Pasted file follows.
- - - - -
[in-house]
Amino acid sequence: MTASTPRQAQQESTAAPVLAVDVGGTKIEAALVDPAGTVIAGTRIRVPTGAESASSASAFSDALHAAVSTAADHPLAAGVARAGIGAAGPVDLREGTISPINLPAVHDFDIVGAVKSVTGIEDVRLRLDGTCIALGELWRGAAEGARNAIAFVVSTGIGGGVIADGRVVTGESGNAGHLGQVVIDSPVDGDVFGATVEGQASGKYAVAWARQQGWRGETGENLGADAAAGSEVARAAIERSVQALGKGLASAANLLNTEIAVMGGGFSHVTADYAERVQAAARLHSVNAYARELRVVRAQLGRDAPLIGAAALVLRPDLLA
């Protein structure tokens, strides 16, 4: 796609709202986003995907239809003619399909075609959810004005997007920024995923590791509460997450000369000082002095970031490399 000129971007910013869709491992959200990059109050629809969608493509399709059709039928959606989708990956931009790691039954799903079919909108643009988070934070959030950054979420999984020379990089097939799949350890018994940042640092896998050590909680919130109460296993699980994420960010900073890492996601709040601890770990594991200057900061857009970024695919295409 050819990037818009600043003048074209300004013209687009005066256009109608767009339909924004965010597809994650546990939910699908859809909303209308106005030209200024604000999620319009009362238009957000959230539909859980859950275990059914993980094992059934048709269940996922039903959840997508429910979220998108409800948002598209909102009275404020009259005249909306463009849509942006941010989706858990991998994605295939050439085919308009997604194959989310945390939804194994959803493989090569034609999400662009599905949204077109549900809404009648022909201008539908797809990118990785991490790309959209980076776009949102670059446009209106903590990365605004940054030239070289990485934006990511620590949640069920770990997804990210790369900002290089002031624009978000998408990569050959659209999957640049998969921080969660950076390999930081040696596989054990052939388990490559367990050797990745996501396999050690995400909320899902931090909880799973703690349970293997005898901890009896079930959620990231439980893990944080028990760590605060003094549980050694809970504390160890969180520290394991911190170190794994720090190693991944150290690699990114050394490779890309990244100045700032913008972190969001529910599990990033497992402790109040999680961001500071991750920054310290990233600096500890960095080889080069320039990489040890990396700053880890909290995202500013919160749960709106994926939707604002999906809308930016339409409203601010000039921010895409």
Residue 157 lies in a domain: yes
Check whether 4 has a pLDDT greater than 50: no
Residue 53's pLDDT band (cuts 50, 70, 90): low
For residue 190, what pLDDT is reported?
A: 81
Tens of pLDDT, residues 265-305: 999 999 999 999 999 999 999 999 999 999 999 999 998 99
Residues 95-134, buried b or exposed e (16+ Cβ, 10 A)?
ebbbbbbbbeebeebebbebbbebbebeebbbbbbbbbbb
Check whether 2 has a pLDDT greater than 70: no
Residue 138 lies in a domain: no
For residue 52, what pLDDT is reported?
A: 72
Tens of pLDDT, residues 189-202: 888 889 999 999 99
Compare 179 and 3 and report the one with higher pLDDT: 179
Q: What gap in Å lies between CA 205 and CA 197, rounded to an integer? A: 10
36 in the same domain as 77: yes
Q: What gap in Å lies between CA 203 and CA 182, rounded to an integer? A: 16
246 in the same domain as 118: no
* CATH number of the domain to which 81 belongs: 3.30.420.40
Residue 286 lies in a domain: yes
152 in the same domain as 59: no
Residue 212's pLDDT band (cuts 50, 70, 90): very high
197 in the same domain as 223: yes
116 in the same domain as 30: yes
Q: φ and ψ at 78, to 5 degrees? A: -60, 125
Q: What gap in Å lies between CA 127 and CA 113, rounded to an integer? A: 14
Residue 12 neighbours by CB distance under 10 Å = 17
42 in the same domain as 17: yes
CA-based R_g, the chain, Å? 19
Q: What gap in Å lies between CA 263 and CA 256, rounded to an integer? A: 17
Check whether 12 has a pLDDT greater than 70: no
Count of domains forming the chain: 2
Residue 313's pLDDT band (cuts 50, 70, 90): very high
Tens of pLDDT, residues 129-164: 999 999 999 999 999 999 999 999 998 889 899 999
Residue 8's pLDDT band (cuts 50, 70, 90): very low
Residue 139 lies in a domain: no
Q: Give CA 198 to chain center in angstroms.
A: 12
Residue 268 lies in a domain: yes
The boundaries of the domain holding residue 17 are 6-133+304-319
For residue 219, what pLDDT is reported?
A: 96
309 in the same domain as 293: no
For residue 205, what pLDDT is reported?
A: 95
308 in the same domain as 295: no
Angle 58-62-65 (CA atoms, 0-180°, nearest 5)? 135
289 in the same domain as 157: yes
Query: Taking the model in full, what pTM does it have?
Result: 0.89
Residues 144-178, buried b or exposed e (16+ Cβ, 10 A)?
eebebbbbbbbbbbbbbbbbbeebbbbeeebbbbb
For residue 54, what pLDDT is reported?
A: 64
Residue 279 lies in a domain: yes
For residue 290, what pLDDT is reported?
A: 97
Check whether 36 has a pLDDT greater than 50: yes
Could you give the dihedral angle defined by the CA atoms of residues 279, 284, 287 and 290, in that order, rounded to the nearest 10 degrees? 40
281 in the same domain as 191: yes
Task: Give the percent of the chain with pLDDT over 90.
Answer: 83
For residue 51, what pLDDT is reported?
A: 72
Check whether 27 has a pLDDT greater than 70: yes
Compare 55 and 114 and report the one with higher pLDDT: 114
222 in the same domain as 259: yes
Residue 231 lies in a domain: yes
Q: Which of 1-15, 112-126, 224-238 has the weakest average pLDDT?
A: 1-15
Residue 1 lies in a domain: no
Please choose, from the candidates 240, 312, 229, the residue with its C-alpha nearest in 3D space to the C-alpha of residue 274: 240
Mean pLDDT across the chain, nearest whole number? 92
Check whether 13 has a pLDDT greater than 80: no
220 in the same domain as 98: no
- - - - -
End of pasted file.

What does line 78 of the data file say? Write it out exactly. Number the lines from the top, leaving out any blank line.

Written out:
220 in the same domain as 98: no